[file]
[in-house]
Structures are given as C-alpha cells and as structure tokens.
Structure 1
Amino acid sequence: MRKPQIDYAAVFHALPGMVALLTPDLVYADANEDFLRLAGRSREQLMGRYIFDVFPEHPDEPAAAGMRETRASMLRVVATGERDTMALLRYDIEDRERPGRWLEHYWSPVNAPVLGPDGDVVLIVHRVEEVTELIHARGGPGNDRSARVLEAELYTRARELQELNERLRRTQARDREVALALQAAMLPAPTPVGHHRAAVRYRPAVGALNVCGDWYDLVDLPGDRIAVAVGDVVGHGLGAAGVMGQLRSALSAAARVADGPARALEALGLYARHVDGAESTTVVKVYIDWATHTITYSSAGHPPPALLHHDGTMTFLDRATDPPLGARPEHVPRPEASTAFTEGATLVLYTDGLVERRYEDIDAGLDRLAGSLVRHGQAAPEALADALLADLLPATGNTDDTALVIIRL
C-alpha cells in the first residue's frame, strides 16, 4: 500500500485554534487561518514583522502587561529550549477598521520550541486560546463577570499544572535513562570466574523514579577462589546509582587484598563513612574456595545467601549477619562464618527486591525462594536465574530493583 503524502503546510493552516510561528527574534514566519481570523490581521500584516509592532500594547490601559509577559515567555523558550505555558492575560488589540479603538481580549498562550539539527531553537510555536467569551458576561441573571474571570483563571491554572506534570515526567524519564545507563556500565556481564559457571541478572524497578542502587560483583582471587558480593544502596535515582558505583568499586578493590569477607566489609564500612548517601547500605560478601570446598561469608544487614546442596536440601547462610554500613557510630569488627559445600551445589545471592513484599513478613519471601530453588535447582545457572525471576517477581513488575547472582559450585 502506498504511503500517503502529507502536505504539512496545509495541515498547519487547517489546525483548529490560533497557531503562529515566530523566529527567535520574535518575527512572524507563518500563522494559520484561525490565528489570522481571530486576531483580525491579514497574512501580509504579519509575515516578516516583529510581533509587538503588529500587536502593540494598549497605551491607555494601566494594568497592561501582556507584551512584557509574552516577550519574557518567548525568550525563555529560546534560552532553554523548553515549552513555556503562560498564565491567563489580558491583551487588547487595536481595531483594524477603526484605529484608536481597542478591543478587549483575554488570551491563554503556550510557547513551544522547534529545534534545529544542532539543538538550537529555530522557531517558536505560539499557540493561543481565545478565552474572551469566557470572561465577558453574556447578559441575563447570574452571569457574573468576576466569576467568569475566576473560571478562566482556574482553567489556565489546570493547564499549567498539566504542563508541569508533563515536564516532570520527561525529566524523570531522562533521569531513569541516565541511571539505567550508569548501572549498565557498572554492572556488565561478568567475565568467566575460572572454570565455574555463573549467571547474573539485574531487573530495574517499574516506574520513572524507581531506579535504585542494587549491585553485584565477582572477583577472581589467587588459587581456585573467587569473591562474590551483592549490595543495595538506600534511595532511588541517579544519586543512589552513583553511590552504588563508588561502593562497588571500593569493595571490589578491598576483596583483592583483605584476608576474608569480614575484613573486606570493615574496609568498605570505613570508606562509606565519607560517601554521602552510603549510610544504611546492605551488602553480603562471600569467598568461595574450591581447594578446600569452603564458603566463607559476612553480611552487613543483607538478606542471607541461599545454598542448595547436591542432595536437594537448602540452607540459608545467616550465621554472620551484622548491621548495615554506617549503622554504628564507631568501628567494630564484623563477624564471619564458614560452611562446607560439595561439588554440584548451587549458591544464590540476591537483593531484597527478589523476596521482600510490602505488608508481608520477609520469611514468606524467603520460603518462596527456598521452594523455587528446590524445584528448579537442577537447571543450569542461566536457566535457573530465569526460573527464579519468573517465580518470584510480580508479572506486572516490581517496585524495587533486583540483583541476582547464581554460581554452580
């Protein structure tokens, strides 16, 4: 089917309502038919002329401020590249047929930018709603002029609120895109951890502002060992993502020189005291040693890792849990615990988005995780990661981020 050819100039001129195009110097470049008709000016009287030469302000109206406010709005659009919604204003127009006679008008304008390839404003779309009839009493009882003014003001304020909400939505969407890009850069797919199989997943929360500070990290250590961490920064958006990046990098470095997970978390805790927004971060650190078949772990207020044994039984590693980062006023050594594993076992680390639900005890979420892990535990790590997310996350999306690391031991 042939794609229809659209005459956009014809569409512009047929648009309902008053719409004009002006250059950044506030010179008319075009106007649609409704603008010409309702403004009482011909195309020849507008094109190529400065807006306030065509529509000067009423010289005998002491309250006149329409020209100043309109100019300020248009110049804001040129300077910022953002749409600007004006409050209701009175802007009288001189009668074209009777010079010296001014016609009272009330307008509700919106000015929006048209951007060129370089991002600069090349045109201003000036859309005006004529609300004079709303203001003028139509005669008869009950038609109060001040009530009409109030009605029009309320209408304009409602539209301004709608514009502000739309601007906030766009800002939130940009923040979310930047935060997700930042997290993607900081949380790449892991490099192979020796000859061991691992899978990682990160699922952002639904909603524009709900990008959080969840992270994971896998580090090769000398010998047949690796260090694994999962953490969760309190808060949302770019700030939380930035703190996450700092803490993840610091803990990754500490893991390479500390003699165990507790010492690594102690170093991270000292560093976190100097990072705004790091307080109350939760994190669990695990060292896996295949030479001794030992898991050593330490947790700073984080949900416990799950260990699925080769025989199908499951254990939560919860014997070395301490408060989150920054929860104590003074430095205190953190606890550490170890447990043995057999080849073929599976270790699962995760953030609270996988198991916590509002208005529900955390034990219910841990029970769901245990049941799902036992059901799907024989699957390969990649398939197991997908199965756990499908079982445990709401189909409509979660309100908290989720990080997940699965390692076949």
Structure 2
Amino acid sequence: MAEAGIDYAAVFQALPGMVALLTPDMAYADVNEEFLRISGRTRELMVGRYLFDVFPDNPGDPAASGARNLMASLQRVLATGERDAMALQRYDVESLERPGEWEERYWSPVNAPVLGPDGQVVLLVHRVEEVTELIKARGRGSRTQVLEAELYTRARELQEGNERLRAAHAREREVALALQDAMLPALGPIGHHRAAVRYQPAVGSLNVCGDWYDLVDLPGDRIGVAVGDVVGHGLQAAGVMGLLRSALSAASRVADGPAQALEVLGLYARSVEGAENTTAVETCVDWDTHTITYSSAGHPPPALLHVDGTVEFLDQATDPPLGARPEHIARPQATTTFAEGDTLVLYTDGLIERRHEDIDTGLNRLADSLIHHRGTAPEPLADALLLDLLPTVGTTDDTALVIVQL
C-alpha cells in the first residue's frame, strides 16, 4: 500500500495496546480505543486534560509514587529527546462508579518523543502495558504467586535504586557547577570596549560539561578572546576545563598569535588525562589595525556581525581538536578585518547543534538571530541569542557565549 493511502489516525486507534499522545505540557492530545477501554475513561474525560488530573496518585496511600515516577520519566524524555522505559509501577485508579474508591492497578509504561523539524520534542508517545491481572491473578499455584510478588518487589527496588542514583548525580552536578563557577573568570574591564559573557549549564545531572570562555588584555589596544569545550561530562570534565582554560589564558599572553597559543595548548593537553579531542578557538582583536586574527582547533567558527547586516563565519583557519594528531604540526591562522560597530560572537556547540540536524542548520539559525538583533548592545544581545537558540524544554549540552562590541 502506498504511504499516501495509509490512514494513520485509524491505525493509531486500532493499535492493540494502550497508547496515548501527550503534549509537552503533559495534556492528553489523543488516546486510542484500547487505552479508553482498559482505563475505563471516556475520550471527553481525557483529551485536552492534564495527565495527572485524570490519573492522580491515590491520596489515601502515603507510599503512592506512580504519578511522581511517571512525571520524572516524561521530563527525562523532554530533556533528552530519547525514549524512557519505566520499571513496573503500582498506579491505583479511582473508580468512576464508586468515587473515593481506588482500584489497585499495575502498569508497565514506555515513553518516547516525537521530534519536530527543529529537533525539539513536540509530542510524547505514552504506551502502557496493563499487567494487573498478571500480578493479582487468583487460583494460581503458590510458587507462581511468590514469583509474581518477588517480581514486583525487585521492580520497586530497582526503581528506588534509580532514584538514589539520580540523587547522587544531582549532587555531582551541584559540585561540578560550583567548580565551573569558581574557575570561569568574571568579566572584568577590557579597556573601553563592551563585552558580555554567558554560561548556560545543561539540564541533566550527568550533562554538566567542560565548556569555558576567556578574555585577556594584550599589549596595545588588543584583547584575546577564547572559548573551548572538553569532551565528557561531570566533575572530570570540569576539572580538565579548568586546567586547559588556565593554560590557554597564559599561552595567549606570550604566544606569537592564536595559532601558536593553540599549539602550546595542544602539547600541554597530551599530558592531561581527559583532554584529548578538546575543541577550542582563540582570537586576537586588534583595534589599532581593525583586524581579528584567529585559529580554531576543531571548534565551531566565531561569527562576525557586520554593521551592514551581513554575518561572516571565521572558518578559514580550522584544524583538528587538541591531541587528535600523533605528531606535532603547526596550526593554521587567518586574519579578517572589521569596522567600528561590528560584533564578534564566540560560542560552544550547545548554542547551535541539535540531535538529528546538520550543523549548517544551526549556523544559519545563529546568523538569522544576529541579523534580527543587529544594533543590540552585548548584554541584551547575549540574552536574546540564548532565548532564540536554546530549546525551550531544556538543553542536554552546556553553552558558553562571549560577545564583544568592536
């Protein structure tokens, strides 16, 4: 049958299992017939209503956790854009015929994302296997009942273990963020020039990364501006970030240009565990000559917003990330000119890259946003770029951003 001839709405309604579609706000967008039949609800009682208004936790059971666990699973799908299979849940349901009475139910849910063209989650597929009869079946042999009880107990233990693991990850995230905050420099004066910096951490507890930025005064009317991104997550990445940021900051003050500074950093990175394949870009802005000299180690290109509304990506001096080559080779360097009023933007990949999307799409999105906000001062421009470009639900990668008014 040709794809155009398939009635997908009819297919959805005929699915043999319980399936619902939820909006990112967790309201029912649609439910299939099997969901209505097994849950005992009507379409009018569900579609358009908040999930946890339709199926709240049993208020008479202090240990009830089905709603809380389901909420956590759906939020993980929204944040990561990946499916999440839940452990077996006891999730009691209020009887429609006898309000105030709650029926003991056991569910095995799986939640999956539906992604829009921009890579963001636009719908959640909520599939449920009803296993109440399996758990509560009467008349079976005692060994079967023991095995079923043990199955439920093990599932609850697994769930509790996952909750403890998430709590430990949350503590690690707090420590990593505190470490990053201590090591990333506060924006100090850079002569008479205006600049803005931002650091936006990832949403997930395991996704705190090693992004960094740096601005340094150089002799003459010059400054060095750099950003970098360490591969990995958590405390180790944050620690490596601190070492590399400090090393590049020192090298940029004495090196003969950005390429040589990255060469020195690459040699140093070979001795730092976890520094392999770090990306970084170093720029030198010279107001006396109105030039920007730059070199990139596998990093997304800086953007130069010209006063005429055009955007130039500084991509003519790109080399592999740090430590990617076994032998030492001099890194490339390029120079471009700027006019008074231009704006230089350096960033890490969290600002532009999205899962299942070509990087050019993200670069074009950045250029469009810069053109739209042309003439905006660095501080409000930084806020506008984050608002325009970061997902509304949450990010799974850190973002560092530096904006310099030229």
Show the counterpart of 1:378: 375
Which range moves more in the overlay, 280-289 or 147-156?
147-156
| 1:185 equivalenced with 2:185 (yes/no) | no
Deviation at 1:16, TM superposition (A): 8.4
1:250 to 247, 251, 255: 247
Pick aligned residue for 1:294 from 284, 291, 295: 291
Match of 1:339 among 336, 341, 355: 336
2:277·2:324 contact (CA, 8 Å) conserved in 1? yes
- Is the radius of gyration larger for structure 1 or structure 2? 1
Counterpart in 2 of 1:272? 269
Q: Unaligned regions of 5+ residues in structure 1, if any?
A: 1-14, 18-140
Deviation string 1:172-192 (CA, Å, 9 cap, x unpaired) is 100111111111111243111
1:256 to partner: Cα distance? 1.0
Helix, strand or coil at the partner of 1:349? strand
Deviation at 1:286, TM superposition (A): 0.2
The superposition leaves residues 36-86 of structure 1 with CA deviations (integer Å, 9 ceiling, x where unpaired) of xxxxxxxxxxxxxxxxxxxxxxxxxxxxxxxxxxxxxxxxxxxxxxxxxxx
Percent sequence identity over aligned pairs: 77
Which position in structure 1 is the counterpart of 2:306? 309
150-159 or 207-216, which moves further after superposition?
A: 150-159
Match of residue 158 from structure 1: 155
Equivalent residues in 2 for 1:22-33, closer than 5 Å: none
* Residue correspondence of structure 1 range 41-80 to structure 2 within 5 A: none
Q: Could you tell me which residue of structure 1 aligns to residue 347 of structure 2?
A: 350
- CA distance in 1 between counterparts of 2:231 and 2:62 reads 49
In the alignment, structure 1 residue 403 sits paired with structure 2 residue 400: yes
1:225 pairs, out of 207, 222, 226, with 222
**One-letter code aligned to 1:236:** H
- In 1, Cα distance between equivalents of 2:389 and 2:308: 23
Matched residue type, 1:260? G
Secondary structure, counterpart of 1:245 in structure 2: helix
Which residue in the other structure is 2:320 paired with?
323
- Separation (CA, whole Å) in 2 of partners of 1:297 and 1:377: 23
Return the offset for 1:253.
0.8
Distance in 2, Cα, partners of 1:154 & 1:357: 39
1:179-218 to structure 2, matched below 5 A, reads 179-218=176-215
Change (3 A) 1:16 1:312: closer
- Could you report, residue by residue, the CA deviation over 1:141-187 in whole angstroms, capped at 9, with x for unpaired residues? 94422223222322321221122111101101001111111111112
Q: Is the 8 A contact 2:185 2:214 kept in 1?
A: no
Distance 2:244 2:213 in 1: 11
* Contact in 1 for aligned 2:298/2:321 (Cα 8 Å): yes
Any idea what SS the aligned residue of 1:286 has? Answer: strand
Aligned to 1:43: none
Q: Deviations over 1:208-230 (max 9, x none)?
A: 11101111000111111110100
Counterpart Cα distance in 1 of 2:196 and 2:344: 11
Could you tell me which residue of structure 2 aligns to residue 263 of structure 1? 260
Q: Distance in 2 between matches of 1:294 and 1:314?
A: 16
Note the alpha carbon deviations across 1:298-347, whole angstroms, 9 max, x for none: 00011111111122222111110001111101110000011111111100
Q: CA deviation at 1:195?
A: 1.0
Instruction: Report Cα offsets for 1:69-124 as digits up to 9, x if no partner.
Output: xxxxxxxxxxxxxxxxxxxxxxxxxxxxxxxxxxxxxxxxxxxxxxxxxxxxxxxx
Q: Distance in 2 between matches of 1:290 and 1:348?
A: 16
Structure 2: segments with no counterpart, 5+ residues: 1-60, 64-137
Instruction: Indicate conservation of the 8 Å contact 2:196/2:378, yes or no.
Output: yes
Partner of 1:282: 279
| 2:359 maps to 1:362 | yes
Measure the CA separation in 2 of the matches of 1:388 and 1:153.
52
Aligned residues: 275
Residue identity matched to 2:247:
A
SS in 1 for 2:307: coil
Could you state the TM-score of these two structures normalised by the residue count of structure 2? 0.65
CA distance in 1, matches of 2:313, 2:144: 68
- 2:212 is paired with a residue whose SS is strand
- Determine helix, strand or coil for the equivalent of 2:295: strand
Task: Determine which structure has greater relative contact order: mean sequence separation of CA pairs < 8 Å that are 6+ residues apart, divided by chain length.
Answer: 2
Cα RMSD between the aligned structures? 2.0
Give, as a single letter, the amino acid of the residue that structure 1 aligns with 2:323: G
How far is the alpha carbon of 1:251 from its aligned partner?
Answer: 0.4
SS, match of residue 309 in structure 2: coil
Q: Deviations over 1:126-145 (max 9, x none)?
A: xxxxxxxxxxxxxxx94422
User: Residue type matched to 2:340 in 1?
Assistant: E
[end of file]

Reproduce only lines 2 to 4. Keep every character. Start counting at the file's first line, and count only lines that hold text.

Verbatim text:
Structures are given as C-alpha cells and as structure tokens.
Structure 1
Amino acid sequence: MRKPQIDYAAVFHALPGMVALLTPDLVYADANEDFLRLAGRSREQLMGRYIFDVFPEHPDEPAAAGMRETRASMLRVVATGERDTMALLRYDIEDRERPGRWLEHYWSPVNAPVLGPDGDVVLIVHRVEEVTELIHARGGPGNDRSARVLEAELYTRARELQELNERLRRTQARDREVALALQAAMLPAPTPVGHHRAAVRYRPAVGALNVCGDWYDLVDLPGDRIAVAVGDVVGHGLGAAGVMGQLRSALSAAARVADGPARALEALGLYARHVDGAESTTVVKVYIDWATHTITYSSAGHPPPALLHHDGTMTFLDRATDPPLGARPEHVPRPEASTAFTEGATLVLYTDGLVERRYEDIDAGLDRLAGSLVRHGQAAPEALADALLADLLPATGNTDDTALVIIRL